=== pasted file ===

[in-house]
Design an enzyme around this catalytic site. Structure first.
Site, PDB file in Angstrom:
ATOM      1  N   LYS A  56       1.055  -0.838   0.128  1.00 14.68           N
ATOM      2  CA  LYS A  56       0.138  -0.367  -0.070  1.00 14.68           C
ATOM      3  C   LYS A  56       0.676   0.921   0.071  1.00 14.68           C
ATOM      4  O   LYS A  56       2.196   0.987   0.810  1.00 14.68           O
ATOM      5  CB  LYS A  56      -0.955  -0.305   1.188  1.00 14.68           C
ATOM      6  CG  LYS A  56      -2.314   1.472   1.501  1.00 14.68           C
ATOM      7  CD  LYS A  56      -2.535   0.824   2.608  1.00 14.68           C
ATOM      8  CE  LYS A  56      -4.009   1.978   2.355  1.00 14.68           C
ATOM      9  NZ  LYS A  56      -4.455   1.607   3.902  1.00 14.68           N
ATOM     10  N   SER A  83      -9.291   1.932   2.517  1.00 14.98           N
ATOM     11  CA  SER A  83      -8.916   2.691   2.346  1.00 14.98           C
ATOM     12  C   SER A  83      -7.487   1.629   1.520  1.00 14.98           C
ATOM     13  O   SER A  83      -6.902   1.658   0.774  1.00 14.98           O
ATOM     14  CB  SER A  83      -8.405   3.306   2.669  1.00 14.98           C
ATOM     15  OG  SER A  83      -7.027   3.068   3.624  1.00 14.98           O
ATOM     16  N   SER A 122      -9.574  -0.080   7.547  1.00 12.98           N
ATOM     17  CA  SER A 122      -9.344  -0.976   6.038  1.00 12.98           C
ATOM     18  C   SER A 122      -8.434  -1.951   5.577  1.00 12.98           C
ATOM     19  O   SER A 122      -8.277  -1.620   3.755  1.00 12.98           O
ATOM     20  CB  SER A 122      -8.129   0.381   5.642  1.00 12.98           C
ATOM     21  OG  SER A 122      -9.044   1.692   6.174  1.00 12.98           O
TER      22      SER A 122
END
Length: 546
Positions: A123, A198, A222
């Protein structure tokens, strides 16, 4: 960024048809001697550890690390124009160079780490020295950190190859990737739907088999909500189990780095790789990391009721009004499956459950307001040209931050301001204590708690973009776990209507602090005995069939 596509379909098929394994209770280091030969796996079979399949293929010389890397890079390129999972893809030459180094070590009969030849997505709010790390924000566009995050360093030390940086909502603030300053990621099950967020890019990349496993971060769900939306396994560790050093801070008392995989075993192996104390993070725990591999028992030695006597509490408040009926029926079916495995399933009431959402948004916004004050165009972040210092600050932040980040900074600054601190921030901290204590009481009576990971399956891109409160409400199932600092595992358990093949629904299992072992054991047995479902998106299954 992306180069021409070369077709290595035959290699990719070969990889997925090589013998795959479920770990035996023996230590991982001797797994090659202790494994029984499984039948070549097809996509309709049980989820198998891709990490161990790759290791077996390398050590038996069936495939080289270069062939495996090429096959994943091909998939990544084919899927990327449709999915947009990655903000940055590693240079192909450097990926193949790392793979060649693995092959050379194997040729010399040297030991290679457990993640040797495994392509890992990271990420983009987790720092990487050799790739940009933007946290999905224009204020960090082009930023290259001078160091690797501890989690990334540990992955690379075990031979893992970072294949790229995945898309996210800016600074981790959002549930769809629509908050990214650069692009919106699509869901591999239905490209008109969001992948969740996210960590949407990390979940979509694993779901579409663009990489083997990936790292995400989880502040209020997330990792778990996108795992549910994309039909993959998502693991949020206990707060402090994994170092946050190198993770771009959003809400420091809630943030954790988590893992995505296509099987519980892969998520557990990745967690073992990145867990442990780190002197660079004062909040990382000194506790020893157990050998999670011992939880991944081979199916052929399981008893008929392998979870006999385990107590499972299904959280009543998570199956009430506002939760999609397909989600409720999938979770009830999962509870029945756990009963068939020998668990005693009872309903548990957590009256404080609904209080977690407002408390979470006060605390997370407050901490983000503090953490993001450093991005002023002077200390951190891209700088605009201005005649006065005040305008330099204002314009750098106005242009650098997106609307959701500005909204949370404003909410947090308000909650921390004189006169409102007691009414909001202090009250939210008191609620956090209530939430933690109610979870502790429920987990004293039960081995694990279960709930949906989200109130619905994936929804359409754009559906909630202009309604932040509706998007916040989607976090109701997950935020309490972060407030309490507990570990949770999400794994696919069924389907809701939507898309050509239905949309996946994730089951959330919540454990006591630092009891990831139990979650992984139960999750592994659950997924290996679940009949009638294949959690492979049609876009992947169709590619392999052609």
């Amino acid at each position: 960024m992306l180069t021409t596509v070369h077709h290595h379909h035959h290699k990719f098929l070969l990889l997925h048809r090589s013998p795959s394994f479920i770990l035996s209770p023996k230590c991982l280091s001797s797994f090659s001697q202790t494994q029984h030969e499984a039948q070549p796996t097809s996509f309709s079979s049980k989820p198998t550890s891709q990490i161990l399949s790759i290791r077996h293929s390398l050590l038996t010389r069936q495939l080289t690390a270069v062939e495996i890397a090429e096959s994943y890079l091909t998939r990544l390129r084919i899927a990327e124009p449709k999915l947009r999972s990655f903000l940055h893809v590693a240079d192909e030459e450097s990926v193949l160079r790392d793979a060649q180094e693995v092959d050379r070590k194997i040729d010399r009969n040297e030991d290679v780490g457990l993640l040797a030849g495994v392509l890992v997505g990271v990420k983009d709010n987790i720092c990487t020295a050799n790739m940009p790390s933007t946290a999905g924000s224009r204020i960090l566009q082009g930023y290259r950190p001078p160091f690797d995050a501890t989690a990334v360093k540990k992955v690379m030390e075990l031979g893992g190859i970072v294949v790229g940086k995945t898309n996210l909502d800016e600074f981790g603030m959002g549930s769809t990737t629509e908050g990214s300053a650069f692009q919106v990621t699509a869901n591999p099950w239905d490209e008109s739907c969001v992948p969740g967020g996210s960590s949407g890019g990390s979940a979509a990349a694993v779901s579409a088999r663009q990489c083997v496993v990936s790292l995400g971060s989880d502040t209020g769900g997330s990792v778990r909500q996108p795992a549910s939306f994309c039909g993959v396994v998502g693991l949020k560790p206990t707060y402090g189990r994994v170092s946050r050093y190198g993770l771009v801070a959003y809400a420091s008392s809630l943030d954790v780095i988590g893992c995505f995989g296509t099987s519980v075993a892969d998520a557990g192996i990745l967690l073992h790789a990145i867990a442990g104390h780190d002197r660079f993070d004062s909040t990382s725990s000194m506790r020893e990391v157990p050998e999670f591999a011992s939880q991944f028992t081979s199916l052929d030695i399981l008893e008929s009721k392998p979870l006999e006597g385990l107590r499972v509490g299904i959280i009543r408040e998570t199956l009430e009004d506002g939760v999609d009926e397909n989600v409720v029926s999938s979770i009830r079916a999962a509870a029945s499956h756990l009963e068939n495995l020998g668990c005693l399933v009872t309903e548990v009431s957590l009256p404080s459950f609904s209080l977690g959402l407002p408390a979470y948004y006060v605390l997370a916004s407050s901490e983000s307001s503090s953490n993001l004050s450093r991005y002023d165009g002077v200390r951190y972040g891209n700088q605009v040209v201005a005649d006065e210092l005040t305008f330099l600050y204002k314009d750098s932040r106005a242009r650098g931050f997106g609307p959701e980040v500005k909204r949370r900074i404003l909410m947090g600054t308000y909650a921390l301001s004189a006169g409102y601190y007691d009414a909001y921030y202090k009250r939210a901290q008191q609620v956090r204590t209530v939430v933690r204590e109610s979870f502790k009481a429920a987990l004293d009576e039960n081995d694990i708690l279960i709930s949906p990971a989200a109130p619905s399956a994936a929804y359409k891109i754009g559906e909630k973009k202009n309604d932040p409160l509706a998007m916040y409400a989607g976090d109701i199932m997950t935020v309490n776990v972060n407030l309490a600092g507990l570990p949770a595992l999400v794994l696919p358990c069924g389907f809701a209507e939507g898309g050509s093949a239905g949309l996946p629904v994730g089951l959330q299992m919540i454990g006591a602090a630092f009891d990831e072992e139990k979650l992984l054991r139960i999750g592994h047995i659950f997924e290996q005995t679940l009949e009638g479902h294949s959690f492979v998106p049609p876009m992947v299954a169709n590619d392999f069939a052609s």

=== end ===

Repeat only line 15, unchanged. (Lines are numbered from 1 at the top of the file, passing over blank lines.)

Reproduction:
ATOM     12  C   SER A  83      -7.487   1.629   1.520  1.00 14.98           C